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Title: Investigations of aqueous erosion-corrosion using rotating cylinder electrodes
Author: James, J. S.
ISNI:       0000 0004 2679 5876
Awarding Body: The University of Manchester
Current Institution: University of Manchester
Date of Award: 1997
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The use of rotating cylinder electrodes for the investigation of aqueous erosion-corrosion has determined that they are suited to the task with some minor modifications. The requirements that need to be met to ensure that true turbulence is produced within a cell to allow reproducible investigation of a range of erosion corrosion parameters have been elucidated. The cell must operate above Taylor numbers of 15000 and as such large annular gaps and higher temperatures are beneficial. Careful consideration of the conditions required needs to be made before designing a rotating cylinder for the study of erosion corrosion. The use of outer cylinder static electrodes has been determined, through mass transfer tests to be valid for a small annular gap of 5mm, allowing experiments to be set up in autoclaves that reproduce hostile process plant parameters. Fixed potential studies of the erosion corrosion of mild and chromium steel in deaerated 1M NaOH have determined that over the majority of the potential range studied there was no synergistic effect between corrosion and erosion. The erosion-corrosion rate was just the sum of the corrosion rate during erosion and the erosion rate in the absence of corrosion. Over a small potential range in the transpassive corrosion region of the chromium steel a negative synergistic effect was determined. In this region, the transpassive corrosion of chromium from the steel inhibits the erosion of the metal by impacting particles. The effect of particle size on total erosion-corrosion, and its separate erosion and corrosion components has revealed that for the same addition of particles by weight, the corrosion rate under erosion is independent of the particle size. However, the erosion produced is heavily dependent on the particle size, being approximately constant for large sizes and decreasing rapidly below 100jm. These findings have been corroborated by microscopy of the sample surfaces.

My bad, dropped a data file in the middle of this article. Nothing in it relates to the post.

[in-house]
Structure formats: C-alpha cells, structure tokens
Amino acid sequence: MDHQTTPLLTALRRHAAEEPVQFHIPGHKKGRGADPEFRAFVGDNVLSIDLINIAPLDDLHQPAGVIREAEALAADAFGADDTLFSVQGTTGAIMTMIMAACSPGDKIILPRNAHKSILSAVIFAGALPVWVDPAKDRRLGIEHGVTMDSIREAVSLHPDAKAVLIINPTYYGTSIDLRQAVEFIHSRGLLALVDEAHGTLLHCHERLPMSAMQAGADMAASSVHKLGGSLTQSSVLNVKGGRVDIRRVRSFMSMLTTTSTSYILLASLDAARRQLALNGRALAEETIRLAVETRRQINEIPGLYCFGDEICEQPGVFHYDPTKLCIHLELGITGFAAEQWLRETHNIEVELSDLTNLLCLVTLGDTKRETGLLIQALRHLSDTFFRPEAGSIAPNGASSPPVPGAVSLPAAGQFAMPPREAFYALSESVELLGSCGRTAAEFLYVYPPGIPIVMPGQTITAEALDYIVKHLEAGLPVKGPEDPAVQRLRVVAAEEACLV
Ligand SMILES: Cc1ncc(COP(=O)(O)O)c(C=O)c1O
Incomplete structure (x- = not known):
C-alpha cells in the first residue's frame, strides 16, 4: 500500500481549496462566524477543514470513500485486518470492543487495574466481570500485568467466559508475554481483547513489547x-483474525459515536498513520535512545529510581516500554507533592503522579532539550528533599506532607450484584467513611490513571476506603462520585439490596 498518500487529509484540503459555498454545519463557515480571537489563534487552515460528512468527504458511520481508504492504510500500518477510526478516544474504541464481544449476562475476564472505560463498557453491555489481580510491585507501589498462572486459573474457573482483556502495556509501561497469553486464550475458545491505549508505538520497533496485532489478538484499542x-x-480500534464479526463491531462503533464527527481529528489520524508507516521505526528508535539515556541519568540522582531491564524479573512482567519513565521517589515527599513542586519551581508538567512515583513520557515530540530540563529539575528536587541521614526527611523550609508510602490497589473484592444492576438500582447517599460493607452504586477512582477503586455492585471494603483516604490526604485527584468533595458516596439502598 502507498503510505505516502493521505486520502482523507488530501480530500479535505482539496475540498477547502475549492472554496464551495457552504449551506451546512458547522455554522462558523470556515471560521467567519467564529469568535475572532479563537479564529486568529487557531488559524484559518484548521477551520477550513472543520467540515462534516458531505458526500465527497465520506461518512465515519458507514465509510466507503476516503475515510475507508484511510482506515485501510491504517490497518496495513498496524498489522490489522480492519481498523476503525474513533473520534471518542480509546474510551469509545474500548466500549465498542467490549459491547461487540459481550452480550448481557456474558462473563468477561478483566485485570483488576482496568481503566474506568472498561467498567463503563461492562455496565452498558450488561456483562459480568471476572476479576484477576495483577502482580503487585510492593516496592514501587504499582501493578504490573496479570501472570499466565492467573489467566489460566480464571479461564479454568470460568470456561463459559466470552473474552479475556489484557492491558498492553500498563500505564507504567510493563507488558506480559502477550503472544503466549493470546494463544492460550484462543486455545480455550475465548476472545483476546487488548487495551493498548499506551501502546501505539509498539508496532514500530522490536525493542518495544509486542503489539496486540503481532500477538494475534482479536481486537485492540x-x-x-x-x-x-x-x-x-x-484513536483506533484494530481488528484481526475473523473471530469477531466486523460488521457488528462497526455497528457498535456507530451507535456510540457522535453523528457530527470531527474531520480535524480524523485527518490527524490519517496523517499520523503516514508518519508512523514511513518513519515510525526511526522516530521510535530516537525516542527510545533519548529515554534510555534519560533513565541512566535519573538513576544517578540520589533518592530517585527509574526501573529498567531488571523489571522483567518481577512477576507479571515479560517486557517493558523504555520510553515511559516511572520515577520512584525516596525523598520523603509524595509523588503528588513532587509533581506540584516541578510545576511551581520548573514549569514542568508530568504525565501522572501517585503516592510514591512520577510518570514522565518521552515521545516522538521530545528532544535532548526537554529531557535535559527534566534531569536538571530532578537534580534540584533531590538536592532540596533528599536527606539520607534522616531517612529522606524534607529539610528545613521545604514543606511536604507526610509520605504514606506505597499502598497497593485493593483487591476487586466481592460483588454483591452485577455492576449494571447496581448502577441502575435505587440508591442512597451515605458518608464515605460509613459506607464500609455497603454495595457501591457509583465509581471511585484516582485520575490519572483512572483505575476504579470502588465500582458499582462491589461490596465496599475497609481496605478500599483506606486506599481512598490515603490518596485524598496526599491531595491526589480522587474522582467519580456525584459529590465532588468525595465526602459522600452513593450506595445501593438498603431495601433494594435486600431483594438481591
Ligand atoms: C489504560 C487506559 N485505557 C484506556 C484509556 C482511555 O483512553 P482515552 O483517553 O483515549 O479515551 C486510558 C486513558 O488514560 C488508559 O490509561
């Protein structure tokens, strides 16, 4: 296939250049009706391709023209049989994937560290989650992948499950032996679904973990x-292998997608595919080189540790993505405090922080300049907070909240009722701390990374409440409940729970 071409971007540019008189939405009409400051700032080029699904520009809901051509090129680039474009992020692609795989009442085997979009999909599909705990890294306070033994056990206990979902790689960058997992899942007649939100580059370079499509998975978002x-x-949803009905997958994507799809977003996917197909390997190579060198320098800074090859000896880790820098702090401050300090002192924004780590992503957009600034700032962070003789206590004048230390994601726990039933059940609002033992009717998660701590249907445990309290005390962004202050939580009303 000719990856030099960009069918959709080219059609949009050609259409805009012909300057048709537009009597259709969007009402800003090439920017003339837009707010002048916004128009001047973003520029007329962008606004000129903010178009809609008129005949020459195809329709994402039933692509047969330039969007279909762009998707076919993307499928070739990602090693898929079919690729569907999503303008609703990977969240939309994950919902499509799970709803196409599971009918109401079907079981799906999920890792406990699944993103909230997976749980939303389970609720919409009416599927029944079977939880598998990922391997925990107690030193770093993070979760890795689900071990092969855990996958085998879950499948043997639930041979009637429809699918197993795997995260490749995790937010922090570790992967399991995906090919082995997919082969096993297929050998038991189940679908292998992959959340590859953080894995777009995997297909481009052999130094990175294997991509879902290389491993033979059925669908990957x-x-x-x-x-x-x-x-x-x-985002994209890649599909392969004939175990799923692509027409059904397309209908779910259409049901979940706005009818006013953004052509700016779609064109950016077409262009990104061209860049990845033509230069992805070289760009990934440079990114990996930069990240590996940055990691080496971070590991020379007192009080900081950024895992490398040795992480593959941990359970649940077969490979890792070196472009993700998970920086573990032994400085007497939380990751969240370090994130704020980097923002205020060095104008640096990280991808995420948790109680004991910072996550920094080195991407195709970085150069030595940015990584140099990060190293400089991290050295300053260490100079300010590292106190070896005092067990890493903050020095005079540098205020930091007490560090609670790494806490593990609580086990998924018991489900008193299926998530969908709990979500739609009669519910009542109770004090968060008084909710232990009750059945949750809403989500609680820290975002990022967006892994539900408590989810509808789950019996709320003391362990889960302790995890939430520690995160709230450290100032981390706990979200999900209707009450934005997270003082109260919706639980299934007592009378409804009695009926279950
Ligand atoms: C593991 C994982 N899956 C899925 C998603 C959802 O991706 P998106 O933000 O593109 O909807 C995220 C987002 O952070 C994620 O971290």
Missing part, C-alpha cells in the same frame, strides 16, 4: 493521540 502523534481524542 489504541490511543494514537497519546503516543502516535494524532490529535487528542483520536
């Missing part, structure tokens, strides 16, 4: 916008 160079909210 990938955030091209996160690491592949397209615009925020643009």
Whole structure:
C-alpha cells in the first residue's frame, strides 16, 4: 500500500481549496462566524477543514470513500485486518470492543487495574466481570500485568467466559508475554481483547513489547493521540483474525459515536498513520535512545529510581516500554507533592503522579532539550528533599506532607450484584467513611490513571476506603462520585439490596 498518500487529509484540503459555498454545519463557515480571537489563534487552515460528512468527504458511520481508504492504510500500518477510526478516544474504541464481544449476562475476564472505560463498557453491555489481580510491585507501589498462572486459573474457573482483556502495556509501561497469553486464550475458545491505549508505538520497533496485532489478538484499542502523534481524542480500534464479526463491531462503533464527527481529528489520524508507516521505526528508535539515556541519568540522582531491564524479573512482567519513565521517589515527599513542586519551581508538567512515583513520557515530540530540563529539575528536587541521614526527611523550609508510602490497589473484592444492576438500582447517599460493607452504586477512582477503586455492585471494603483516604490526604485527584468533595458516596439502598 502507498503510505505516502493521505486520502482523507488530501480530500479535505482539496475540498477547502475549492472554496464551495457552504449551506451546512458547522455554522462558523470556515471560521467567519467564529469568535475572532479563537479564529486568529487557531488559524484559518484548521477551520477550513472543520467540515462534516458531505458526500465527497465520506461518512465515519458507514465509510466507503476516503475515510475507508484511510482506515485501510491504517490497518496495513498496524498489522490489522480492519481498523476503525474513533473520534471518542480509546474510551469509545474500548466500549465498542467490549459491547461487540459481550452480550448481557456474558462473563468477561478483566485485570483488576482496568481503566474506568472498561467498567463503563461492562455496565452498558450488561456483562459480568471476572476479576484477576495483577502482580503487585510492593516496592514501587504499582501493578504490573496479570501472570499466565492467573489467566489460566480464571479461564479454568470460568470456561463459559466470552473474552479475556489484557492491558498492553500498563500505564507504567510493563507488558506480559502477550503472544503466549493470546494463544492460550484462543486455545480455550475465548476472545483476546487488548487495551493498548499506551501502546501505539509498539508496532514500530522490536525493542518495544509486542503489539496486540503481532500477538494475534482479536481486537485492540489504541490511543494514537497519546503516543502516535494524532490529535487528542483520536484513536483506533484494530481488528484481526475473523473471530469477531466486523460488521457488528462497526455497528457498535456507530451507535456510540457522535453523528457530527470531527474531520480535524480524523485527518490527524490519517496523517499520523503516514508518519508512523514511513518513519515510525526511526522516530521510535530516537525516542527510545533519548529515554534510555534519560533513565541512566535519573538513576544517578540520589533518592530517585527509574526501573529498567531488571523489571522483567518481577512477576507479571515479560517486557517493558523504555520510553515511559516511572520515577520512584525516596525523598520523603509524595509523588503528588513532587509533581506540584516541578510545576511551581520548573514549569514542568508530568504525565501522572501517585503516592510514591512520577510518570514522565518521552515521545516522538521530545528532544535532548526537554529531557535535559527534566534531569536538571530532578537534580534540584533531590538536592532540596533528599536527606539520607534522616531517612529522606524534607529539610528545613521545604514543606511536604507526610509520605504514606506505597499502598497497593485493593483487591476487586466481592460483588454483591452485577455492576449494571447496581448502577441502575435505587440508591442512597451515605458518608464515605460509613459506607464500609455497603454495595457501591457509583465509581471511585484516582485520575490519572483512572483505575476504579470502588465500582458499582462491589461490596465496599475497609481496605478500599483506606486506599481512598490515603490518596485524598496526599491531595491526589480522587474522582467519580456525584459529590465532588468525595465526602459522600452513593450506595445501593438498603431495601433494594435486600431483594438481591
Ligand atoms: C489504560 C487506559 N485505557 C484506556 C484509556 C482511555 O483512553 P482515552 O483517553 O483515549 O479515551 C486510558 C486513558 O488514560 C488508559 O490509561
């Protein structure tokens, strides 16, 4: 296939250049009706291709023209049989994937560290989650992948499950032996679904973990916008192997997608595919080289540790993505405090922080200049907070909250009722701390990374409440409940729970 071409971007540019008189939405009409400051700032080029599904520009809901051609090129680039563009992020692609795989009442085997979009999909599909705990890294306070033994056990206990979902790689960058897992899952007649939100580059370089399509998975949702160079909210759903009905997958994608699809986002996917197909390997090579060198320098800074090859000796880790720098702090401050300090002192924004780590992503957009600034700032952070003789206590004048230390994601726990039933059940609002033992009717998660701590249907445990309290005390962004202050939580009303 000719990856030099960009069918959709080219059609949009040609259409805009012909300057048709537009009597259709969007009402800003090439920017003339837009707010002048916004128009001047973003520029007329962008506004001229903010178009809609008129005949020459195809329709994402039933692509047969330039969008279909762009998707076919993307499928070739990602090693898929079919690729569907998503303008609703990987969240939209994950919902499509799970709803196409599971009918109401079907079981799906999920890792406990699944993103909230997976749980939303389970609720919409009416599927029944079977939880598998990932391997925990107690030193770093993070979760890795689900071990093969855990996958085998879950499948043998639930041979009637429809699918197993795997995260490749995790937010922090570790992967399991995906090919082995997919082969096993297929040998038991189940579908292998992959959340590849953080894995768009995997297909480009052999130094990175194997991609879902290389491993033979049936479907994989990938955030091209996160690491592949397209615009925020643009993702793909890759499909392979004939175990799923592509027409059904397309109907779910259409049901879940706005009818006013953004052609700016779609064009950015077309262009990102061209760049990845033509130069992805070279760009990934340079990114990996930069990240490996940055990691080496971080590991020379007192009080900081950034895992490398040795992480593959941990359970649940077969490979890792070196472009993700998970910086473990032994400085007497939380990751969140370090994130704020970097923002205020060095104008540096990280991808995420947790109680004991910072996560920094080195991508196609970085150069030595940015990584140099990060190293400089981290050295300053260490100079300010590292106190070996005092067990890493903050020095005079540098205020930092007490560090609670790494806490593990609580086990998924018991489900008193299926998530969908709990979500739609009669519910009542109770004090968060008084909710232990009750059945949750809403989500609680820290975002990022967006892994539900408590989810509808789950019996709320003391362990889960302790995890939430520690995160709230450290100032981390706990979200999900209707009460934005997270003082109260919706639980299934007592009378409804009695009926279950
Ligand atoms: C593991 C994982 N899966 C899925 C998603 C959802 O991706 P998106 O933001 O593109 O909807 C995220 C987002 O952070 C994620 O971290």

Supervisor: Not available Sponsor: Not available
Qualification Name: Thesis (Ph.D.) Qualification Level: Doctoral
EThOS ID:  DOI: Not available